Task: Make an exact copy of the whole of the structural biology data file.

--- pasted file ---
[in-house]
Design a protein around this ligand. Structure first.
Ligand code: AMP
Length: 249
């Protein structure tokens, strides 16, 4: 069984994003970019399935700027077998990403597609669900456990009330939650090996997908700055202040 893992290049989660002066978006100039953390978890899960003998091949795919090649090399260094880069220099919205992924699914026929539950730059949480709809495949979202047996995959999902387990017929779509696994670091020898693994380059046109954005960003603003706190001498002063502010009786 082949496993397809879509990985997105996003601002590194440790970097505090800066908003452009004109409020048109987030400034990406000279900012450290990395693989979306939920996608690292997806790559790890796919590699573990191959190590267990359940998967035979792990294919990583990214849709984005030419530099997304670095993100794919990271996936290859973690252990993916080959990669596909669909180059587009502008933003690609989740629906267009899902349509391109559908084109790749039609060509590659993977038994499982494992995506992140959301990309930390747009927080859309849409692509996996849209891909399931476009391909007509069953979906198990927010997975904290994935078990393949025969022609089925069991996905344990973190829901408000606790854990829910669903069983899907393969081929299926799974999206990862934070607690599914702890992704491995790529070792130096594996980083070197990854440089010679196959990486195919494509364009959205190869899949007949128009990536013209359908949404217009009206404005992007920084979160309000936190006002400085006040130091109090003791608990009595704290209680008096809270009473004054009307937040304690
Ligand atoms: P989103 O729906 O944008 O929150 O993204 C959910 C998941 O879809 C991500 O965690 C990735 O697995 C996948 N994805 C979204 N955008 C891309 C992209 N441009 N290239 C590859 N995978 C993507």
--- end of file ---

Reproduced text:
[in-house]
Design a protein around this ligand. Structure first.
Ligand code: AMP
Length: 249
């Protein structure tokens, strides 16, 4: 069984994003970019399935700027077998990403597609669900456990009330939650090996997908700055202040 893992290049989660002066978006100039953390978890899960003998091949795919090649090399260094880069220099919205992924699914026929539950730059949480709809495949979202047996995959999902387990017929779509696994670091020898693994380059046109954005960003603003706190001498002063502010009786 082949496993397809879509990985997105996003601002590194440790970097505090800066908003452009004109409020048109987030400034990406000279900012450290990395693989979306939920996608690292997806790559790890796919590699573990191959190590267990359940998967035979792990294919990583990214849709984005030419530099997304670095993100794919990271996936290859973690252990993916080959990669596909669909180059587009502008933003690609989740629906267009899902349509391109559908084109790749039609060509590659993977038994499982494992995506992140959301990309930390747009927080859309849409692509996996849209891909399931476009391909007509069953979906198990927010997975904290994935078990393949025969022609089925069991996905344990973190829901408000606790854990829910669903069983899907393969081929299926799974999206990862934070607690599914702890992704491995790529070792130096594996980083070197990854440089010679196959990486195919494509364009959205190869899949007949128009990536013209359908949404217009009206404005992007920084979160309000936190006002400085006040130091109090003791608990009595704290209680008096809270009473004054009307937040304690
Ligand atoms: P989103 O729906 O944008 O929150 O993204 C959910 C998941 O879809 C991500 O965690 C990735 O697995 C996948 N994805 C979204 N955008 C891309 C992209 N441009 N290239 C590859 N995978 C993507």